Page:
I had written before (Democracy, Corruption and the Rule of Law in Nigeria,, 08/08/2007 and Nigeria Today Online) that the American Constitution, for example, has undergone various and numerous changes over the centuries and will continue to do so till the end of time to reflect sociological, economic, cultural and human changes as inevitably they will happen. Why then do we think that the Nigerian situation must be different? Constitutions and laws are versatile documents; they are not permanent instruments. They can be manipulated to suit anybody. They can be amended. They can be interpreted in very different ways to have different meaning to different people at different times. They are not rigid articles of governments and the judiciary. In fact, that is why lawyers are on opposite sides everytime in a court of law, one arguing for and the other arguing against; interpreting the law to suit themselves or a particular case. The same goes for Constitutions; legislators, supposedly versed in the Constitution will interpret it differently to suit their own political agenda. Jurists have different interpretation and opinion of same sections of the same law. This is what makes laws and constitutions very robust.

This step of expunging the immunity clause should have been taken a long time ago but for the selfishness and indecision of the last Administration. The debate has again been awakened, and we must not let the opportunity go begging again. The Honourable Speaker of the House of Representatives, Dimeji Bankole said recently, after the speech by Mr President in Switzerland, and to our chagrin and alarm, that the House would only consider whether to remove the immunity clause or not at the end of the trial of formers governors who allegedly enriched themselves in office. Dear Honourable Speaker, waiting for that to happen is equivalent to not doing anything at all and is telling Nigerians nothing. It is also retrogressive and such statement is not worthy of you. In fact, it could be viewed and interpreted as delaying tactics and I would strongly urge you to consider another option, otherwise you will find yourself on the receiving end of some very hard knocks from your countrymen and women. You simply cannot wait until the end of these trials, because those trials can drag on for years, because of the financial and political clout of these ex-governors. For instance, just today, 04 February 2008, the case against ex-Governor James Ibori has been adjourned indefinitely because of a national strike by the Judicial Staff Workers Union. Also, there are many separate trials and they cannot end at the same time, so we are talking several years before the last one could end. And even if they end, and some of them are acquitted, as they may well be, does that prove that the immunity clause has had no effect at all on their behaviour while in office.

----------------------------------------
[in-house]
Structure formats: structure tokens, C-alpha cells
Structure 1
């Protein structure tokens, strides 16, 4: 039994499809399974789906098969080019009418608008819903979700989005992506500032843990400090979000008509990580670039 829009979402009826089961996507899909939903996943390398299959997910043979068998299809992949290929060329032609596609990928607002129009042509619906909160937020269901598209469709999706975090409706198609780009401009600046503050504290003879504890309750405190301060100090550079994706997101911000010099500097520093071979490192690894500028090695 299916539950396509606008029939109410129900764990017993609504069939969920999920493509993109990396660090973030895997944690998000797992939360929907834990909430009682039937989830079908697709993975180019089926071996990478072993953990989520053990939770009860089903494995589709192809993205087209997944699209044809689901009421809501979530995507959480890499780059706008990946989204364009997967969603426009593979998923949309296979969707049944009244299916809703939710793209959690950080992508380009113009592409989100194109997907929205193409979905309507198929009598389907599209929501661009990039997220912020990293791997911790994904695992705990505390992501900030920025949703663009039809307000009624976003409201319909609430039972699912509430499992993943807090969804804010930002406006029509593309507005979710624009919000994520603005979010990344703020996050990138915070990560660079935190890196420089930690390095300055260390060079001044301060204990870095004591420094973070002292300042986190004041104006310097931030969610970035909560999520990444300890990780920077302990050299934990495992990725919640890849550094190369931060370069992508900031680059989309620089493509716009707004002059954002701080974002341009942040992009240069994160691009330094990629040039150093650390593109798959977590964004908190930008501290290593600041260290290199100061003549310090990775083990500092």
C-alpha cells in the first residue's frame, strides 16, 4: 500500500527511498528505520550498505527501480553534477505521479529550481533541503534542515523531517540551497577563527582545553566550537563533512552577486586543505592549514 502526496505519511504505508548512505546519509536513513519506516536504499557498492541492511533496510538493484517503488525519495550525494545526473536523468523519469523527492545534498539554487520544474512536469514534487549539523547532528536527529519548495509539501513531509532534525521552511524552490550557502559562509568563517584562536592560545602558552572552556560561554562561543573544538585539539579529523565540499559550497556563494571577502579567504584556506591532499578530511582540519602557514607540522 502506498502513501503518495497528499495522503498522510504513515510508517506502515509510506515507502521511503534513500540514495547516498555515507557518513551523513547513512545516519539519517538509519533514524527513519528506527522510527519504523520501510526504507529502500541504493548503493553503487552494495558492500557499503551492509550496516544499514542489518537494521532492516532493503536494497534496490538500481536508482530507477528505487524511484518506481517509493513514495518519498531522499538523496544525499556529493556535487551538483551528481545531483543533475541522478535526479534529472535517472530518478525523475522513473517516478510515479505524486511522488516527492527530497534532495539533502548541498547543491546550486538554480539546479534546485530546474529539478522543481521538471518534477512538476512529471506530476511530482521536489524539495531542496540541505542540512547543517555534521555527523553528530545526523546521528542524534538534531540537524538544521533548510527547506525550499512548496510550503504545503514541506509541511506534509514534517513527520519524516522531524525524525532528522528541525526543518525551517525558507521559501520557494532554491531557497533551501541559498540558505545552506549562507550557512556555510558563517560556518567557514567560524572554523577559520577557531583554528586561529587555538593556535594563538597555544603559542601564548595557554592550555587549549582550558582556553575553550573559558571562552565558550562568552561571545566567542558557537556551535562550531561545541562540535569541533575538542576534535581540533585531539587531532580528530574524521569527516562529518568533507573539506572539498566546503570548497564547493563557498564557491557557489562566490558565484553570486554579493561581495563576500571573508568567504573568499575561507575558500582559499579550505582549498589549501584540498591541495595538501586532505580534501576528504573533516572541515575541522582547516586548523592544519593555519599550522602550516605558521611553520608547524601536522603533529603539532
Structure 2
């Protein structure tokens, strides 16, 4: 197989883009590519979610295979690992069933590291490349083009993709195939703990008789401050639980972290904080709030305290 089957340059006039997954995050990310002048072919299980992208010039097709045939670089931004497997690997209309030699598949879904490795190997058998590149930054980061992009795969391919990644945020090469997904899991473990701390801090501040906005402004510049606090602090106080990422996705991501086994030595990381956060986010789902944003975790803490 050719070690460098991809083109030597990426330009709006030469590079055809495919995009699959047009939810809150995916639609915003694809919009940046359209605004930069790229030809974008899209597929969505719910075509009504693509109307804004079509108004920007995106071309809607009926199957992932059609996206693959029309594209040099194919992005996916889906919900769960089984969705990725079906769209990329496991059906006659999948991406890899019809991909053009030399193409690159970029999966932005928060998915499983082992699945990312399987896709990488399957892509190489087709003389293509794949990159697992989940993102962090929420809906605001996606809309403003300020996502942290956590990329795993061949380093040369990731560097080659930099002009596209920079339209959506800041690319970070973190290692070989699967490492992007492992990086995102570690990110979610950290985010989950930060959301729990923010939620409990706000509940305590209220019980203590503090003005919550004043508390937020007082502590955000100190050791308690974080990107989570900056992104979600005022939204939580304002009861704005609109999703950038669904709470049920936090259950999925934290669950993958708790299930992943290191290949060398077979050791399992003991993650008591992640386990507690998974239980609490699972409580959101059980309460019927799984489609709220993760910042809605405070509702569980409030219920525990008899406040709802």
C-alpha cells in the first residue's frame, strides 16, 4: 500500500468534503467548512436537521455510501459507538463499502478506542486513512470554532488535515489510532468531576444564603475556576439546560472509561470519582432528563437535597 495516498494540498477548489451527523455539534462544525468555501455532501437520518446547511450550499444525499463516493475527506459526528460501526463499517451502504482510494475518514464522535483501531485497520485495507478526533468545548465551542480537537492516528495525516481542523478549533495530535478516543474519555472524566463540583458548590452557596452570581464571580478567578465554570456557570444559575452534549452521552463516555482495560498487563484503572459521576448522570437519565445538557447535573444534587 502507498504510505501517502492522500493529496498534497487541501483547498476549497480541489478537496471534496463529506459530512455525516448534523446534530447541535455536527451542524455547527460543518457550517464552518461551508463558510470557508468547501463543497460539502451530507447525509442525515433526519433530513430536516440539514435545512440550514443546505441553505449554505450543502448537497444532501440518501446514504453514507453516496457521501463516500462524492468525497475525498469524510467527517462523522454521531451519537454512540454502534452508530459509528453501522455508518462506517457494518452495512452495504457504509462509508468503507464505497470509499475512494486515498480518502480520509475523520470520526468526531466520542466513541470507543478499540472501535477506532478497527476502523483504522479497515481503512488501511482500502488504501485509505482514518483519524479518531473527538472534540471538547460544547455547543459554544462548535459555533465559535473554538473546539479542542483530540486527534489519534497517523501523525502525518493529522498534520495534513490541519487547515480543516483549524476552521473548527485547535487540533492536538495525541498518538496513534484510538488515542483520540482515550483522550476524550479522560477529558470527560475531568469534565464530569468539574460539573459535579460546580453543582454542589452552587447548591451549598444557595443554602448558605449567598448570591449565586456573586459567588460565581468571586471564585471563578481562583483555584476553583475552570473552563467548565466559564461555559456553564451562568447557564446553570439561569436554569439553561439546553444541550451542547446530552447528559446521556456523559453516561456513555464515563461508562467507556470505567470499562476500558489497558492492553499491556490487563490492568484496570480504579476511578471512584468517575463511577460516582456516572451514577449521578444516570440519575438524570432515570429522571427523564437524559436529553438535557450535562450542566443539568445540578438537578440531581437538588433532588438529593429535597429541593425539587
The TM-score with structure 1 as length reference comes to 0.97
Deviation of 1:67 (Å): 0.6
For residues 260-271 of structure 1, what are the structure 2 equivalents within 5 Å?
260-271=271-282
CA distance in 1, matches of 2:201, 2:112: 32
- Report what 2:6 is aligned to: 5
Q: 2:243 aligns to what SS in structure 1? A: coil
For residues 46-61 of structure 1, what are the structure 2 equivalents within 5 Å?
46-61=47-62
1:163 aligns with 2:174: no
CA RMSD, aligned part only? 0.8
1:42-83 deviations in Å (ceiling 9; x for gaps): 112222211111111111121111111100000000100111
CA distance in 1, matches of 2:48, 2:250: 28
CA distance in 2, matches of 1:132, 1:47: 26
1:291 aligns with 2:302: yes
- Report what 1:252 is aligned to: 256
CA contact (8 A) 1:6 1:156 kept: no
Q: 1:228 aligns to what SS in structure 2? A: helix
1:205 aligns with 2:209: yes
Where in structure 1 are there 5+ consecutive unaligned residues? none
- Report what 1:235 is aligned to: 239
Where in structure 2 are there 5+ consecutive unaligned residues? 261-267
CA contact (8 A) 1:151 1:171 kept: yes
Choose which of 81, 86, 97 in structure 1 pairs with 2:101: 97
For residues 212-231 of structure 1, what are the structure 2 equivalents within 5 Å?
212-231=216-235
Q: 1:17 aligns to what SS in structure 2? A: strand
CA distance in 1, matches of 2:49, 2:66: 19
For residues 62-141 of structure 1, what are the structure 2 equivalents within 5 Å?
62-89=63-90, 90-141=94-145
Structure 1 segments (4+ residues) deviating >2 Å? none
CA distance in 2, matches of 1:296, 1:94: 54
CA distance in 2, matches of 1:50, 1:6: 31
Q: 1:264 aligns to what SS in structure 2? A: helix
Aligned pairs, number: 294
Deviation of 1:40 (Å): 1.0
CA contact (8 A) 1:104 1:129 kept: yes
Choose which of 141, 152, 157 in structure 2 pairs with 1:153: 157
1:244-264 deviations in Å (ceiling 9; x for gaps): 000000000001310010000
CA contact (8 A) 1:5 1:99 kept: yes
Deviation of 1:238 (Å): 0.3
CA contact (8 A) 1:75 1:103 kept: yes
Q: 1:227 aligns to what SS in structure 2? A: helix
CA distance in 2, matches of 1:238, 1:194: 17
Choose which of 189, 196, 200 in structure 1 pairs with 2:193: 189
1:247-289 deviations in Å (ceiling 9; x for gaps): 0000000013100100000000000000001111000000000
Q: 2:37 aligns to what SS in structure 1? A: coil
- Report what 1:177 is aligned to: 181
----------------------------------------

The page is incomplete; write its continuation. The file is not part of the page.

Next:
From all these, it is not hard to see that corrupt political leaders will make effort to see that the immunity clause is retained in the Constitution. That is the cloak under which they have been hiding for years and perpetrating their crimes against the Nigerian people, and sneer at and insult our laws and institutions and collective intelligence. The Immunity Clause is a licence for stealing, killing and maiming, and we are not being sentimental here. Recently, they have even added the phrase “Rule of Law” to give themselves more time to hide. The corrupt will do anything; go any length, to maintain the status quo, which suits them to the detriment of the Nigerian people. Trust Nigerian politicians to be ever protective of each other; whoever came up with this idea in 1999 deserves to be shot.

Again this brings me to what I have been taught since childhood – Let the truth be said always. Our officials, and indeed most Nigerians are always quick to declare our religious, political and tribal affiliations, yet when it comes to the issues of corruption, we are very slow in condemning it, hence the reason why it is increasingly difficult for us to fight corruption in our country. Corrupt Nigerian officials, past and present, politician, civil servant or military often conveniently and to their advantage, neglect their religious injunctions, despite bandying the Holly Books in our faces and claiming to be holier-than-thou. This is often exacerbated by fawning and sycophantic acolytes and hangers-on defending the indefensible just because they are gaining from the misconducts of these corrupt officials. What you do on earth is what you will be judged against in heaven or hell. Each individual, according to the Holy Books, must account for their own sins and not the sins of others.

No. The Immunity Clause must be expunged from the Nigerian Constitution, and there is no better time than NOW.

One Comment

  1. Well said. those who are against the removal of the clause should be trreated as enemies of the state of Nigeria. Those who came up with it in the first place did so only for self-serving interest and to protect themselves. We will never move forward if this cluse remains. We must let the NASS and President know that majority of Nigerians support the removal of this retrogressive clause